Group pushes to remove John R. Monaghan statue in downtown Spokane
SPOKANE, Wash. — A controversial statue in downtown Spokane could be coming down.
A Citizens’ Advisory Council wants it gone, but it is not an easy ask. Critics of the statue say its presence and what is depicted on it bring pain to Pacific Island communities.
The statue is of John R. Monaghan, a sailor from Spokane. In 1899, he and other sailors were commanded to destroy Samoan villages and kill the islanders. Samoans surrendered and their islands were divided into different countries, including the United States.
“At the time when the statue was commemorated, it certainly spoke to what we saw as a victory in that particular moment in time,” said Lance Kissler, Chair of the City of Spokane’s Human Rights Commission.
The statue honoring Monaghan went up in 1906 near Monroe and Riverside. He was killed during the attack in 1899. Today, Kissler said some people view Monaghan in a different light, especially because of what is depicted on the statue.
“The bas-relief has some language that’s inappropriate, offensive, racial slurs directed towards Samoan people,” he explained.
The statue also calls Samoans “savages,” which is why the council started a petition to remove it. Kissler said the Human Rights Commission voted this month to support the removal.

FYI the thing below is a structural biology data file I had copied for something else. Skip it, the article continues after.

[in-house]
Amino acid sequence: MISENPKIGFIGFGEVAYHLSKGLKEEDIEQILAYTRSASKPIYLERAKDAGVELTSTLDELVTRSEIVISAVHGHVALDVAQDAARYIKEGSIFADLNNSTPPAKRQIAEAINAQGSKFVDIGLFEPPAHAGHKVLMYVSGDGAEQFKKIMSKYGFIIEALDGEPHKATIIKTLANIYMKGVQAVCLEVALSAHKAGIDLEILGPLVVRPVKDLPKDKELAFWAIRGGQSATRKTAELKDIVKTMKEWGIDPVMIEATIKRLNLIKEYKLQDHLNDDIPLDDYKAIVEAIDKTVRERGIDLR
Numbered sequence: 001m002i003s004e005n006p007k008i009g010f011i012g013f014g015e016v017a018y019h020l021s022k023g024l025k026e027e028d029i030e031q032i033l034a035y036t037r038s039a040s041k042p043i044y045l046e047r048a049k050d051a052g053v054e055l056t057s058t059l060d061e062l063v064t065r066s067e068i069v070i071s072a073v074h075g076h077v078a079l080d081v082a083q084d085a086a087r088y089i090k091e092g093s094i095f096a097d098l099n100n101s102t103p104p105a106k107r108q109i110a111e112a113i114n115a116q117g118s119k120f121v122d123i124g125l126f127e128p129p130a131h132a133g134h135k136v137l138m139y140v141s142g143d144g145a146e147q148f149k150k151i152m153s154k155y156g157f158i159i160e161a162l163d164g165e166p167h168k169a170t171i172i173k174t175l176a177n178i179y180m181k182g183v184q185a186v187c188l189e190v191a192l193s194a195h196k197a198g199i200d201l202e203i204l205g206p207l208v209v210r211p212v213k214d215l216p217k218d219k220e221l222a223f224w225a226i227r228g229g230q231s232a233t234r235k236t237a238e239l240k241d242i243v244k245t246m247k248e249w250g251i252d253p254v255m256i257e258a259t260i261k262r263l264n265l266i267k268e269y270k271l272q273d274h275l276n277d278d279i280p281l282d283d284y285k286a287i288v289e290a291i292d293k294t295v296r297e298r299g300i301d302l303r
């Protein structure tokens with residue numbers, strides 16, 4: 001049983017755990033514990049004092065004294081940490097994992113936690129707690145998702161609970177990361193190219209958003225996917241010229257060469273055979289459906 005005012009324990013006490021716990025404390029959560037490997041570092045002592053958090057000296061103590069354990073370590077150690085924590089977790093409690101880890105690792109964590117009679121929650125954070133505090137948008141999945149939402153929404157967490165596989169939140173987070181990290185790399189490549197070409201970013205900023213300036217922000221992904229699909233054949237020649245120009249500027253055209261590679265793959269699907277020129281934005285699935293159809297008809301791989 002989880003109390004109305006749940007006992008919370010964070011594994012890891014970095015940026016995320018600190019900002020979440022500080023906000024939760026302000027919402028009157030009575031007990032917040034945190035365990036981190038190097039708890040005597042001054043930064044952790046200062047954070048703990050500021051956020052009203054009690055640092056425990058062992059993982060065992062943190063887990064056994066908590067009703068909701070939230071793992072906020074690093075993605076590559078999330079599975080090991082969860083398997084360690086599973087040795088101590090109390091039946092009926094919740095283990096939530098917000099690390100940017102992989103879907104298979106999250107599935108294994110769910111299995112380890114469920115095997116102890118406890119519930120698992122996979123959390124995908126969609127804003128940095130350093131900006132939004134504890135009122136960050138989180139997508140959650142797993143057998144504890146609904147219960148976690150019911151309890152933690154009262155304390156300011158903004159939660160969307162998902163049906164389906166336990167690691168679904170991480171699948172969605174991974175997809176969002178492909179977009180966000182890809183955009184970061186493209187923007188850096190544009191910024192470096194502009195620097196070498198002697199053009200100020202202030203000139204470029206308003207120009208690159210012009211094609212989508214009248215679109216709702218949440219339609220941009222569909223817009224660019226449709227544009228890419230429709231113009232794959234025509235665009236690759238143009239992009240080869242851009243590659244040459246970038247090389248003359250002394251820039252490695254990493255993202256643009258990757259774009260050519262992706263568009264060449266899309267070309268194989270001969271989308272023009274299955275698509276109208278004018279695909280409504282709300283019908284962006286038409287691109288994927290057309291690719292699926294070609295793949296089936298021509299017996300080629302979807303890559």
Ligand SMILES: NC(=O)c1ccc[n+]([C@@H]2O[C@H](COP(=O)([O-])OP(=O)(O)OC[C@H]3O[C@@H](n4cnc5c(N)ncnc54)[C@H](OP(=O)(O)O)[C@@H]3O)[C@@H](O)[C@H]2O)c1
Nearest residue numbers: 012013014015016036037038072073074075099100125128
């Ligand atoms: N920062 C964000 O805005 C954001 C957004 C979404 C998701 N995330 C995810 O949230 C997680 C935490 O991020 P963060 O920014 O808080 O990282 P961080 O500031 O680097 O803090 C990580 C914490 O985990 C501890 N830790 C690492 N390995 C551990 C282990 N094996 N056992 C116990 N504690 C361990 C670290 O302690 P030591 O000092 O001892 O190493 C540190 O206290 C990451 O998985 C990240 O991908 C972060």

“We believe that we should take a look back at some of the things that we’ve done and make them right,” he said.
However, it is not that simple. The City of Spokane said there are some questions about who owns the statue, which would need to be determined first. If it is a private owner, the City said it would not be in a position to remove it.
When the council decides to hand the petition over to the Spokane City Council, it will go to the City Administrator as councilmembers cannot vote to remove the statute, according to the City Council’s director of communications and community engagement.
“We as a commission are also exploring the possibility of having the City establish a policy and a procedure as to how they would review instances like these moving forward.
Kissler suggested putting the statue in a museum where someone can explain the history behind it.
“We can still acknowledge what happened in the past while still being respectful and welcoming to all the members of our society,” he said. “The difference between erasing history and acknowledging what history actually was is with a current context and a current understanding and a different perspective based upon what history was back then.”
On Oct. 16, the council along with the Pacific Islander Community Association of Washington will hold a rally to remove the statue. The rally is from 11:00 a.m. to 12:30 p.m. at the Clock Tower in Riverfront Park.
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